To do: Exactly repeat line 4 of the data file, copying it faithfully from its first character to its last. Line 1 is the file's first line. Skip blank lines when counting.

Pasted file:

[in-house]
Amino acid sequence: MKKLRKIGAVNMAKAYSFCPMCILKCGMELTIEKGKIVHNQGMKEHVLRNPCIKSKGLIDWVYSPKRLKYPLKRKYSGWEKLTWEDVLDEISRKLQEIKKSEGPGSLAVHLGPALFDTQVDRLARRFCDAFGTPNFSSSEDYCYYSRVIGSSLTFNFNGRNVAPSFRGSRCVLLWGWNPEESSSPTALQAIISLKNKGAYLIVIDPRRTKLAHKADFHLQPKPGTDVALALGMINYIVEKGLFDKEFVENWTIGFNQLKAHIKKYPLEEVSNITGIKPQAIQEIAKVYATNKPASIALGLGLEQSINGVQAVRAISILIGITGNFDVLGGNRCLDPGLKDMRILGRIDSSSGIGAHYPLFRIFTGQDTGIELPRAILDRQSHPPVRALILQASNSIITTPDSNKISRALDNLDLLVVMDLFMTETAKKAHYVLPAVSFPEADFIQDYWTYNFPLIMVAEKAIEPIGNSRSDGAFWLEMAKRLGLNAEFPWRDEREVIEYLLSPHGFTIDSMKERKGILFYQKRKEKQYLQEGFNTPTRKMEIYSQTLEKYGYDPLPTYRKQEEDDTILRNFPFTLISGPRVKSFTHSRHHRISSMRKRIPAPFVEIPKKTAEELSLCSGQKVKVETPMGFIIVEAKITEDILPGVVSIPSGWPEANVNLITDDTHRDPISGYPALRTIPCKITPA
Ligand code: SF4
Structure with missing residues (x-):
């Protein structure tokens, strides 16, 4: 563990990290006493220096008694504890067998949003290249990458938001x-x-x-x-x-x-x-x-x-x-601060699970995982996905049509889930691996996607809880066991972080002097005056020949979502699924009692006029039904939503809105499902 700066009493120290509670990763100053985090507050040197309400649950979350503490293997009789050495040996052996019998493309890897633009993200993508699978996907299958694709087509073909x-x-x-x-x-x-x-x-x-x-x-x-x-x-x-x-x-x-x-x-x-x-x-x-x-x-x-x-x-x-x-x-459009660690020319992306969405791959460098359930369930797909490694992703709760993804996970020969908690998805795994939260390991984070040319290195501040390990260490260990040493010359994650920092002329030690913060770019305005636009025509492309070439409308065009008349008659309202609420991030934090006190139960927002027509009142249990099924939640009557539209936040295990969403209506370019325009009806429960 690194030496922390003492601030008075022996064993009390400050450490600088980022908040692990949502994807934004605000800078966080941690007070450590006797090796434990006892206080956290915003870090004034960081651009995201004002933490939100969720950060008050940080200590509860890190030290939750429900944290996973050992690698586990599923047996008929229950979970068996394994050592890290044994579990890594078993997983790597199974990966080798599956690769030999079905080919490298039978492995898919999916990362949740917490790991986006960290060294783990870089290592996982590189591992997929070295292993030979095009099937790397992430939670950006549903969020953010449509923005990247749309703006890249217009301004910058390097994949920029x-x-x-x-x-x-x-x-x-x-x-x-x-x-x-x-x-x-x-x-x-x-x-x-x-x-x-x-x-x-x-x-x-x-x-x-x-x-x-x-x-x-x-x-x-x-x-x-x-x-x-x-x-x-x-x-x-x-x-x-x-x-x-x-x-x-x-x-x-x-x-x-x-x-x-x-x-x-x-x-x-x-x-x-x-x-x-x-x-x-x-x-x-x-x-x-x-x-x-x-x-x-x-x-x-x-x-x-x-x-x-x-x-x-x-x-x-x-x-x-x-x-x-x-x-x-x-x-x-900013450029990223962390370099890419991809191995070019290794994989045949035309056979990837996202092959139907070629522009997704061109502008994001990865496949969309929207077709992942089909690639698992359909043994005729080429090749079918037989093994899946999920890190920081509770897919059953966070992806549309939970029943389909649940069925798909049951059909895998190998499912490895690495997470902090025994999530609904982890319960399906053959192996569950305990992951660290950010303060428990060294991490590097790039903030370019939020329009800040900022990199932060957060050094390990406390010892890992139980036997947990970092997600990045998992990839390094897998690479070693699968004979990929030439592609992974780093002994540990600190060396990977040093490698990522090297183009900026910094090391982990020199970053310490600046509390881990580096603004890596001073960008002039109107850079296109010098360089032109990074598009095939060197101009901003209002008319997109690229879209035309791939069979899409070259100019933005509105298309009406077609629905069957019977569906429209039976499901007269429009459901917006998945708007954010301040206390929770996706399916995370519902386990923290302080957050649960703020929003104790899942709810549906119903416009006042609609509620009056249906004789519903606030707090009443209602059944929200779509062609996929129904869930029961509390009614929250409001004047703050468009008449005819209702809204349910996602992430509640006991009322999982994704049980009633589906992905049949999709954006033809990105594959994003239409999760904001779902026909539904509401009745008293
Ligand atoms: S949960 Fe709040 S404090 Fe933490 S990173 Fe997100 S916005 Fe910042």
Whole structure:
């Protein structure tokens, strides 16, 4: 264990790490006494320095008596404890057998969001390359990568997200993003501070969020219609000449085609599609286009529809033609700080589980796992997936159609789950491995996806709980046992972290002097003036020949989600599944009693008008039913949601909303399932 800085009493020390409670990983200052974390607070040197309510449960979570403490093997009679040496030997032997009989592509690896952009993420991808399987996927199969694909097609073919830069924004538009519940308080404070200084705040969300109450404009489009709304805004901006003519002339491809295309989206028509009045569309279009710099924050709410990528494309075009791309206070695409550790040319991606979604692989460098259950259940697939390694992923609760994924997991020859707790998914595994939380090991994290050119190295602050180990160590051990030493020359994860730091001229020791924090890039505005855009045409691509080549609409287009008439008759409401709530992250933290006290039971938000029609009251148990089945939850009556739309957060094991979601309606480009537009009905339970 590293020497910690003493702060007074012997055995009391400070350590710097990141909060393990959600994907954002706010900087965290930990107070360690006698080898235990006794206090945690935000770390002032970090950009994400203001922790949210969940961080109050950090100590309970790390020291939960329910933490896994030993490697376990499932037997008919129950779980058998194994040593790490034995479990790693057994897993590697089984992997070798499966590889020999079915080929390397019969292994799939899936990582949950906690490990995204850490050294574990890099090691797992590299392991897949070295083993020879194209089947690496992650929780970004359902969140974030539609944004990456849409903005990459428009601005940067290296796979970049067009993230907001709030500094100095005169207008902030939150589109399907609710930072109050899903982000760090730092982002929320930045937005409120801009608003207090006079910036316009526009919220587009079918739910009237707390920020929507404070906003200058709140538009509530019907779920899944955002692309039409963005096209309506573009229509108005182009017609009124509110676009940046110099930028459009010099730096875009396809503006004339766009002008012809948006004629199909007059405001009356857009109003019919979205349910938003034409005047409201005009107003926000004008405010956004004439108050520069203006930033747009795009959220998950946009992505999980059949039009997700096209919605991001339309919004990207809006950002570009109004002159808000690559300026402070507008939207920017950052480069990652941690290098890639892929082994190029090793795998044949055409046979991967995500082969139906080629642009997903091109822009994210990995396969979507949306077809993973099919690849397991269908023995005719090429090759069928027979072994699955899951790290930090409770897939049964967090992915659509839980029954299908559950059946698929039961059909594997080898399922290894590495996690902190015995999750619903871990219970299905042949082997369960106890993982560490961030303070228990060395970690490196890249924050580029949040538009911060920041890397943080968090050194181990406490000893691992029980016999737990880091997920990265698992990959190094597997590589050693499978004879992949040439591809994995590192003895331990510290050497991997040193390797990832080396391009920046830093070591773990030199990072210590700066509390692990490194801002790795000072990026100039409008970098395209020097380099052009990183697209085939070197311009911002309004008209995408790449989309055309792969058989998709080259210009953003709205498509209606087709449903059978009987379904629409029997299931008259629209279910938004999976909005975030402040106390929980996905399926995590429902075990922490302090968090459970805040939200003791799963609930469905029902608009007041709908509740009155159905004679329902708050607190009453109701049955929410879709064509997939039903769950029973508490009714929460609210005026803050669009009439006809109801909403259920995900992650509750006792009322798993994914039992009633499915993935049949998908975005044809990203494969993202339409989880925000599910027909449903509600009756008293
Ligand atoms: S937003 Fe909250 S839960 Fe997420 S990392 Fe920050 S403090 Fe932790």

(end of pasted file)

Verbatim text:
Structure with missing residues (x-):